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Growing Divide

Growing Divide

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Growing Divide

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  1. Growing Divide Chapter 6, Section 1

  2. Slavery Divides the Nation • Growing tension over the issue of slavery developed over the years. • With the inclusion of many new territories after the Mexican-American War, the issue had to be addressed. • First attempt= Wilmot Proviso. • Differing viewpoints emerged, separating the North from the South. • Northern viewpoint: Blacks are inferior, but most agreed that slavery should be ended. Those that did not included merchants, bankers, mill owners and unskilled workers. • Southern viewpoint: Slavery is a necessity; more civilized than the northern system of labor.

  3. New Political Parties • In the election of 1848, Democrats and Whigs split over the issue of slavery. • The Free-Soil Party also started as a response to the issue. • Their foundation was keeping slavery out of the territories, but ending slavery as a whole. • Whigs and Democrats were forced to address the issue, possibly limiting their votes. • Both parties chose to adopt the idea of popular sovereignty allowing voters in a territory to decide whether to allow slavery. • Though only receiving 10% of the total vote, the Free-Soil Party was a viable third-party.

  4. Compromise of 1850 • California’s desire to join the Union as a free state threatened to disrupt the balance between the North and the South. • What Henry Clay would put forth became known as the Compromise of 1850 and had 5 parts. • California admitted as a free state; • Those in the territories of NM and Utah would decide via popular sovereignty; • Slave trade would end in D.C.; • Congress would pass a stricter fugitive slave law– private citizens must help with apprehending slaves. • Texas would give up claims to NM for $10 million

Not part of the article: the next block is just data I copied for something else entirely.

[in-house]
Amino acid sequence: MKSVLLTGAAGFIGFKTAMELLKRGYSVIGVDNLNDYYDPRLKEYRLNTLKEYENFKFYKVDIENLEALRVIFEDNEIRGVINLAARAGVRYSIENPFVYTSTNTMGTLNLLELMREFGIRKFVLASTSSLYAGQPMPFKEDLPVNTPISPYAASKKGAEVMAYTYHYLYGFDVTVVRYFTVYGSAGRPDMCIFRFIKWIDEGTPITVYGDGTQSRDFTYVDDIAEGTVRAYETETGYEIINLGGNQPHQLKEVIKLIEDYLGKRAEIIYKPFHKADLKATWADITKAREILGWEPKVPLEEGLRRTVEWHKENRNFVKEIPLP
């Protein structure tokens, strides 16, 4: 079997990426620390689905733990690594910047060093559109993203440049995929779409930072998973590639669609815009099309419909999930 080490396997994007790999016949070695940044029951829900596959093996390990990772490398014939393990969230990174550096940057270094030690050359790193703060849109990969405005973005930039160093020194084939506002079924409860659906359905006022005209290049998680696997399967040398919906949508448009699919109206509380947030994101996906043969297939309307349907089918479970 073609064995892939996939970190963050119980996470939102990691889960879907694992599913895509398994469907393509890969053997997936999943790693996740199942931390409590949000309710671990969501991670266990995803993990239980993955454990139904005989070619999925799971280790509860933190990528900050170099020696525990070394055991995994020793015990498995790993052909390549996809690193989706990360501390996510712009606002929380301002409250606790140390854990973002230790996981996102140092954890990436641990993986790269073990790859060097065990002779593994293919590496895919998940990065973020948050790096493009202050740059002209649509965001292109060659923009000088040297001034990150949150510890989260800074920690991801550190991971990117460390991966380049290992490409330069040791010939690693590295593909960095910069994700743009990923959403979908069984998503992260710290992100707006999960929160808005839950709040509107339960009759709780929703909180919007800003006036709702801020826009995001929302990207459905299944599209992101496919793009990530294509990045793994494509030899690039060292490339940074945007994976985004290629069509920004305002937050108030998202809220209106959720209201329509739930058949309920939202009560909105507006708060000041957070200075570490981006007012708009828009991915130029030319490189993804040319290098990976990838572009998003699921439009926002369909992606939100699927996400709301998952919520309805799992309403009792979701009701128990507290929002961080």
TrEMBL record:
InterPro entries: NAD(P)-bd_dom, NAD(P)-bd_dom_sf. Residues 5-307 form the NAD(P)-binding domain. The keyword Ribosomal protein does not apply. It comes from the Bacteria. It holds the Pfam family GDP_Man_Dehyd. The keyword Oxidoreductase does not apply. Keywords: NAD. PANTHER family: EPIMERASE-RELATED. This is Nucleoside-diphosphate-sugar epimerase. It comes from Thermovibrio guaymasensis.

5. Protest and Violence Chapter 6, Section 2

  6. Resistance to the Fugitive Slave Act • The biggest form of resistance was known as the Underground Railroad. • It was a series of homes that would provide refuge to the runaway slaves. • Leaders along the route were known as “conductors” and the most famous was Harriet Tubman. • Her nickname was “Black Moses” • In 1852, Harriet Beecher Stowe published the novel Uncle Tom’s Cabin, providing many northerners with an image to equate with slavery. • It infuriated Southerners, who felt it portrayed all Southerners as evil.

  7. The Kansas-Nebraska Act • The patchwork legislation throughout the 1800s that attempted to address slavery confused more than making a clear decision. • In 1854, Stephen Douglas proposed a bill to organize he Nebraska Territory into a state. Popular sovereignty would determine whether as a free or slave state. • To appease Southerners, Douglas amended his bill to split the Nebraska Territory into two– Nebraska and Kansas. • It was thought that Nebraska would enter as a free state, Kansas as a slave state.

  8. “Bleeding Kansas” • Both pro and anti-slavery settlers moved to Kansas in an effort to sway popular sovereignty in their favor. • Two governments were established. • One by Border Ruffians who had crossed over from Missouri and one by northern abolitionists. • Both governments petitioned for statehood in 1856. • Violent battles took place between the two sides, earning it the nickname “Bleeding Kansas”. • Border Ruffians attacked anti-slavery Lawrence, and John Brown (an abolitionist), retaliated by executing 5 pro-slavery settlers.

  9. Violence in the Senate • In 1856, Charles Sumner (Massachusetts senator) delivered a speech entitled “The Crime Against Kansas”. • Southerners were angered by Sumner’s speech, and further agitated by his personal attacks against Southern representatives. • Preston Brooks, the nephew of SC representative Andrew Butler attacked Sumner by beating him with a cane. • Both sides (North and South) stood by their representatives, electing them as a symbol for their causes.